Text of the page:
You can read the full slate of 2020 [email protected] pledges here. These pledges, unveiled each year at The MAKERS Conference, result in real change, accountability, and – we hope – inspire other business leaders across industries to look at their organizations and make thoughtful decisions about what they can do to increase equality in the years to come. 

What can the media industry do today to start to make a positive change? 

Allyship is critical in the fight for equality. The onus should never fall on those experiencing discrimination to fix it. More allies stepping up — not just in words but in actions —is the best way to propel the movement forward. Willie Jackson who is a consultant and facilitator for ReadySet, just spoke at The MAKERS Conference and unpacked what makes a good ally, at work and beyond.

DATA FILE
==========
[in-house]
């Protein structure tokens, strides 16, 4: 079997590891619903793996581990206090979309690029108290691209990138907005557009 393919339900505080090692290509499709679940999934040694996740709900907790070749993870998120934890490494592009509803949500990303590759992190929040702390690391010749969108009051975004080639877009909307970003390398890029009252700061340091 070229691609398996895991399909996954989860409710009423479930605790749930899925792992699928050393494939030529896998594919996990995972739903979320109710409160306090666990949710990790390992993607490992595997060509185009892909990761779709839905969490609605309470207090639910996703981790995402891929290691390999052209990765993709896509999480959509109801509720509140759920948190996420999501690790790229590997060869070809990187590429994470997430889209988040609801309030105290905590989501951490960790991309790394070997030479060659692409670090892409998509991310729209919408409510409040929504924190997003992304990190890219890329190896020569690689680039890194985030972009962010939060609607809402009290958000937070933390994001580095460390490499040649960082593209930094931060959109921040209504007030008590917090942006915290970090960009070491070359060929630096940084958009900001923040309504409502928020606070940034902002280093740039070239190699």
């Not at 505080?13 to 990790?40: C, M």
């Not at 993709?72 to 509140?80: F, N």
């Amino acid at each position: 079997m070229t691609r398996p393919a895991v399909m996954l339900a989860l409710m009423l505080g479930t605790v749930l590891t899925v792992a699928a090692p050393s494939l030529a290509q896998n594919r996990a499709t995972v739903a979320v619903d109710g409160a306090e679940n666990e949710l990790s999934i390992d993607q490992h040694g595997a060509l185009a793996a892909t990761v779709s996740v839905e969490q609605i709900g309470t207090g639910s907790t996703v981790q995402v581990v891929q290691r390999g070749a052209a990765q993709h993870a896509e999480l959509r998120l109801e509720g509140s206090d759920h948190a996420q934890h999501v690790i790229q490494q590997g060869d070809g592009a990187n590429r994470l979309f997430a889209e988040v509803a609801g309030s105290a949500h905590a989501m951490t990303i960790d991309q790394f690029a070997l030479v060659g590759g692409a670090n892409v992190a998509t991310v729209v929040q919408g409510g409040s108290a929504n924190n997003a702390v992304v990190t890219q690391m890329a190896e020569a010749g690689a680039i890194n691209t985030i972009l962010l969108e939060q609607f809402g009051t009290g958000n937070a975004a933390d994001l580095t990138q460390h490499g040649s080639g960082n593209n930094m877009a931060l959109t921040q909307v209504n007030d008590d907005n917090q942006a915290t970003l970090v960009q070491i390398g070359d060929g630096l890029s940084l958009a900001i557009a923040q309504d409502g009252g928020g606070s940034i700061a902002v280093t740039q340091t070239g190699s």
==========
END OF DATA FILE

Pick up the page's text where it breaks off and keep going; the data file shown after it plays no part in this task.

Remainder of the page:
But what’s the media’s specific role in creating positive change? It’s at our core. We’re in the business of storytelling, so we should be using those tools to uplift women, and all marginalized parties, across platforms. In digital media, documentaries, print magazines, advertising – you name it. If the unique stories of women are being amplified by people across communities – not just by women – I think we’ll finally see lasting change. 

To that point, Verizon just announced the Future Fund, a $5 million fund in production budgets for female-led projects, to support emerging female talent behind the camera, focused on up-and-coming creators. The first initiative out of the Verizon Future Fund? Our next MAKERS documentary. 

Our next MAKERS documentary film, aptly named NOT DONE, is focused on how feminist changemakers of today are carrying the torch and making real progress toward true equality. It’s also the directorial debut for emerging filmmaker Sara Wolitzky and has an all-female and non-binary production crew. NOT DONE will premiere this summer, so stay tuned. Until then, let’s keep fighting.